"John Lee Hooker said that the Blues is the Healer. It's healing properties come from its themes of the human condition. It is a music accessible by everyone that is defined by an indigenous origin and morphed by its surroundings."
Detroit Disciples: Urban Roots Music
The soundman for the now sadly missed venue, New George's in San Rafael, arrived for his nightly gig. As he began to power up the house system, he asked who was playing that night. A voice from the stage replied, "The Detroit Disciples". "Oh", he replied approvingly, "the band that plays songs". Founded in 1985, the Detroit Disciples have indeed staked a reputation as a band with a keen ear for songwriting. Baptized in the same roots rock river that began with Mitch Ryder and flows through such artists as Los Lobos, Steve Earle, the Mystix and A Band of Heathens, the Disciples have caught the attention of many a discerning fan - such as Chuck Eddy of the Village Voice, who added the band to his Eddytor's Dozen in 2006. Their song Bordertown from their first CD, Stare Down the Dog, received impressive rotation play on Santa Rosa's radio station, KRSH. I Won't Complain, Heartbreak Station and Cinderella Shoes, all from their 2005 release Saving Grace, have been heard on internet stations as far away as ZRO in Belgium. Based in Sonoma County, California, the Detroit Disciples have a strong following garnered from years of shows in the San Francisco North Bay.
Current members include: Ian McMurray (songwriter, guitar, mando-guitar, vocals); Paul 'Boom' Burke (drums, vocals); Tom Miller (bass, vocals); Marke 'Jellyroll' Burgstahler (guitar, pedal steel guitar, vocals); Rich Smith (keyboards); and Cynde Burgstahler (songwriter, vocals, percussion). This team represents years of dues paying. Members of the Detroit Disciples have played with the likes of Gregg Allman, Eddie Money, Alvin Youngblood Hart, Jimmy Hall, Leslie West and It's a Beautiful Day. Together they share the same vision of a well-honed tune, recognizing that blazing lead guitars and soaring vocals amount to very little if there is no substance to the material. Disciples fans have their favorites; neophytes ask where they can get a CD. Perhaps their friend Rebel Fagen captured it best when he wrote in their first CD's liner notes: "On the surface, rock appears terribly simplistic unless it has soul. Then it becomes church music that can touch you where you live. If you can't bleed for it, you don't mean it - then it means nothing."
What characterize Detroit Disciples music philosophy and songbook?
Ian: First and foremost it is the will to continue for the love of music; to understand that fame and financial rewards are mercurial abstracts and can undermine the purity of the art. While it's great to be paid for what you do, it's important to keep it on your own terms.
The songbook reflects good songwriting and good songs, whether it is our own work or that of a respected songwriter. To me, it is not the popularity of the song or writer that matters but more the content and intent. Did the writer succeed with his theme? Does the song evoke something beyond the theme? How successful was the combined effort of the conscious and subconscious? A song on its own can be a very powerful thing and I believe that the Disciples honor that notion.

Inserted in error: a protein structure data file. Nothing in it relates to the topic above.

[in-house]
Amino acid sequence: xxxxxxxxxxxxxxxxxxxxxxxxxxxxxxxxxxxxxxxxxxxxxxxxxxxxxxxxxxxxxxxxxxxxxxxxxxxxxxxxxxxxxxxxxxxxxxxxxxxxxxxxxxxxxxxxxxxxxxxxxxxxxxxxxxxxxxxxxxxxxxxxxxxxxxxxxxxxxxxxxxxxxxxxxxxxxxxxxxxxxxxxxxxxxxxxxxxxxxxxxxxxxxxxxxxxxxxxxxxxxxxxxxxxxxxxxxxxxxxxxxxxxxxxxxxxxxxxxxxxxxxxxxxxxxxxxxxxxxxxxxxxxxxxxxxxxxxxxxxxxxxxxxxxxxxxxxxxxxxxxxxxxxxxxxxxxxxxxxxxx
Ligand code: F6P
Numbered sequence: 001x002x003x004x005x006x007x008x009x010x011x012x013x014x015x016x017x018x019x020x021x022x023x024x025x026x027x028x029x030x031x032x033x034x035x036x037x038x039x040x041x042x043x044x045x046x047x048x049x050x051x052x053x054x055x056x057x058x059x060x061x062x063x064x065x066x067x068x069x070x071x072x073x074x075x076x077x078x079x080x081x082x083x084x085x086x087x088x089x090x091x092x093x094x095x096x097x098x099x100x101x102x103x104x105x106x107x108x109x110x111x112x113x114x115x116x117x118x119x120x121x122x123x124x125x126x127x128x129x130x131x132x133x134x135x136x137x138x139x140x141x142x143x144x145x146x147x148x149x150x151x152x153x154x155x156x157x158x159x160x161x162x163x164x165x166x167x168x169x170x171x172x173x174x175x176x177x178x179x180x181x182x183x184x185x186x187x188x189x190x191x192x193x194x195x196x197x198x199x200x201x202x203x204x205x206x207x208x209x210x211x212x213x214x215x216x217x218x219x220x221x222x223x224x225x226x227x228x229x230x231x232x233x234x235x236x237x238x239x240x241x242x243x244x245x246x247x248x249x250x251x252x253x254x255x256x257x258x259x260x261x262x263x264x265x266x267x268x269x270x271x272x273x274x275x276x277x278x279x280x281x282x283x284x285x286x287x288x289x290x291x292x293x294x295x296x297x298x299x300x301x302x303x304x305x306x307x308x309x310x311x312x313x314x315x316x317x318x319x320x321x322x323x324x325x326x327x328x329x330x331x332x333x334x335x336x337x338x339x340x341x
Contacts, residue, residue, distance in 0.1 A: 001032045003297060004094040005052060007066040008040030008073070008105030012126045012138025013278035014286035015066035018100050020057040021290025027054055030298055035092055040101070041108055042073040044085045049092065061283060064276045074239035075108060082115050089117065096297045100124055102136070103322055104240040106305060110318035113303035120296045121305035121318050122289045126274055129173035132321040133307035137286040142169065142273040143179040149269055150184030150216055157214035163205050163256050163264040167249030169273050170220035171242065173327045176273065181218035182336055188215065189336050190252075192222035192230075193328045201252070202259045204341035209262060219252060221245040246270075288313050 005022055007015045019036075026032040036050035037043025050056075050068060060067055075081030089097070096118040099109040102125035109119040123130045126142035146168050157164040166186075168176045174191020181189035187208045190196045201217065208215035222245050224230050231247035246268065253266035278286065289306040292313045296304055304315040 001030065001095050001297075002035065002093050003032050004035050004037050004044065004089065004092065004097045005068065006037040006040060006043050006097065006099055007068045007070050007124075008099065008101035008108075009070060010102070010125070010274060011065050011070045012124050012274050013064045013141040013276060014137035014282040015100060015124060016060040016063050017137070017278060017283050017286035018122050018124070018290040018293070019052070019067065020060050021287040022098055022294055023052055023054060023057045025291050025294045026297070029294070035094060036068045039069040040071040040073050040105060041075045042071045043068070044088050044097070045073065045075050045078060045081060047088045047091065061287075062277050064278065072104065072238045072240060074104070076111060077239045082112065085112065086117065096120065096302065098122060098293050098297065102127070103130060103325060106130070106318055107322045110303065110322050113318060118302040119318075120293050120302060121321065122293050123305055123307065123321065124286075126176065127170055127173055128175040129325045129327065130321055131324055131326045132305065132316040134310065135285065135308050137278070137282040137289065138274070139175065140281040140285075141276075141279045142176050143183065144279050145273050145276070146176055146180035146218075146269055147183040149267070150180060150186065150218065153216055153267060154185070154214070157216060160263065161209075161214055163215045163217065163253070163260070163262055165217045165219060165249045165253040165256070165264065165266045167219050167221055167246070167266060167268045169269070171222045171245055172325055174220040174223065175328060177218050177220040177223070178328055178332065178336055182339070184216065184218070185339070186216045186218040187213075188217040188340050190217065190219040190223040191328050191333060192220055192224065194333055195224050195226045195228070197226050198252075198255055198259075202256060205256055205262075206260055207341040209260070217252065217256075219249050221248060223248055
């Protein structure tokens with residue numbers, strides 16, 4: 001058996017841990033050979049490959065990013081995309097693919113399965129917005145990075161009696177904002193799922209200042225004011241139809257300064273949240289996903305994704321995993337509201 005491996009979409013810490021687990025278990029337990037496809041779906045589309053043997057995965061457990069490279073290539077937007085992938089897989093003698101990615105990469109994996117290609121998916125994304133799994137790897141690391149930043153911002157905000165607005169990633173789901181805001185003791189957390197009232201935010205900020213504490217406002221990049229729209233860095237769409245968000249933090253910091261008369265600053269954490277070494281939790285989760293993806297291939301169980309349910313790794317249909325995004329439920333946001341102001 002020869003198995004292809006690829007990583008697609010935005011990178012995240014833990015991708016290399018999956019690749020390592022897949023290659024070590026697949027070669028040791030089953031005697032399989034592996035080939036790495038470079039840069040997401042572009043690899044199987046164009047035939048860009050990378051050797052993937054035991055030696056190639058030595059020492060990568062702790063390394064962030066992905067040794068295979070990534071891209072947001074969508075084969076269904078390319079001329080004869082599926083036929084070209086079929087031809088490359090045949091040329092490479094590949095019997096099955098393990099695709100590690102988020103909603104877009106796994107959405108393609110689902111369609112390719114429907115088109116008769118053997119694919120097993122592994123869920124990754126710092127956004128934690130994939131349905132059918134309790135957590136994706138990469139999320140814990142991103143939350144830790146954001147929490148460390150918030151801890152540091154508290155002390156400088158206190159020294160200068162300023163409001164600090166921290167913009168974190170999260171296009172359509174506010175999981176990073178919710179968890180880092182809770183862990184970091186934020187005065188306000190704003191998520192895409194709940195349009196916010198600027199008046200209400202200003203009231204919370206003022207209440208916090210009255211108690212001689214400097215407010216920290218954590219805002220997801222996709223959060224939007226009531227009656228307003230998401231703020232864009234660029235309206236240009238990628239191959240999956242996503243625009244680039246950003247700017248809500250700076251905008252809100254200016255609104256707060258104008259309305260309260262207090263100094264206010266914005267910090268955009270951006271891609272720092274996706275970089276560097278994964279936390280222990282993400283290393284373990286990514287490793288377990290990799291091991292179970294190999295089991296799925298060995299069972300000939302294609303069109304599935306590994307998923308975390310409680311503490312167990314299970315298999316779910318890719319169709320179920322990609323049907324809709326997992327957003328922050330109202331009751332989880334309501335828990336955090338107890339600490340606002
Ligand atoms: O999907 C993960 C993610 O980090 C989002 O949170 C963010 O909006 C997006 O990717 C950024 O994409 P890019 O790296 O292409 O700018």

Cynde: I’d have to say passion, song variety and a driving rhythm. As an ensemble band, we realize the importance of a song’s message, and each contribute in a way that helps deliver that message. There’s a powerhouse of talent in this band, yet the egos are left at the door. We write and play music that speaks to us. It’s an interesting song mix of emotion, grit, storytelling, playfulness and blues.
Ian: Initially it was to honor Mitch Ryder. Most people are only aware of his 60's hits but his work goes far deeper. His artistic output since that time has been varied, passionate but largely ignored by the mainstream. Yet, he carried on. Gradually the Detroit Disciples name took on more meaning as the fading of the American Dream. The once great Detroit automobile industry that gave freedom to so many people through the great open roads gave way to better innovations from overseas, a lack of concern for the maintenance of our roadways and the state of denial regarding the complexities and limitations of the petroleum based energy industry.
Are there any memories from gigs, jams, open acts and studio sessions which you’d like to share with us?
Ian: Recording the second album “Saving Grace” with Harry Gale at Route 44 studios. Harry had done work with Charlie Musselwhite and I learned so much about producing and mixing during those sessions. It was a hard project to finish but the rewards still sound good today!
Marke: I had the wonderful opportunity to work with Gregg Allman for a good part of the 1990’s. This led to a lot of great shows in some great venues. I really enjoyed playing with Gregg each New Year’s Eve at the Ventura Theater in Ventura, CA. I had the chance to do studio sessions with Eddie Cramer and Jim Gaines – both of them are very talented people. I also had a lot of fun doing some gigs with Eddie Money. Playing with Brian Auger and Denny Laine at the 40th Anniversary of the Summer Of Love in Golden Gate Park was also a gig I’ll never forget. The best memories I have as of late are the opportunity to play our own original music with the Detroit Disciples.
Tom: Touring with Greg Allman was a very high point in my career. Also touring Europe with Alvin Youngblood Hart.
Cynde: I was fortunate to participate in a benefit for a close friend at Slim’s Club in San Francisco a few years back. Several talented musicians performed that night, including Joe Satriani. The evening closed with some fifteen musicians all up on stage, all performing “Little Help from my Friends”. It was an amazing evening, and all for a wonderful cause.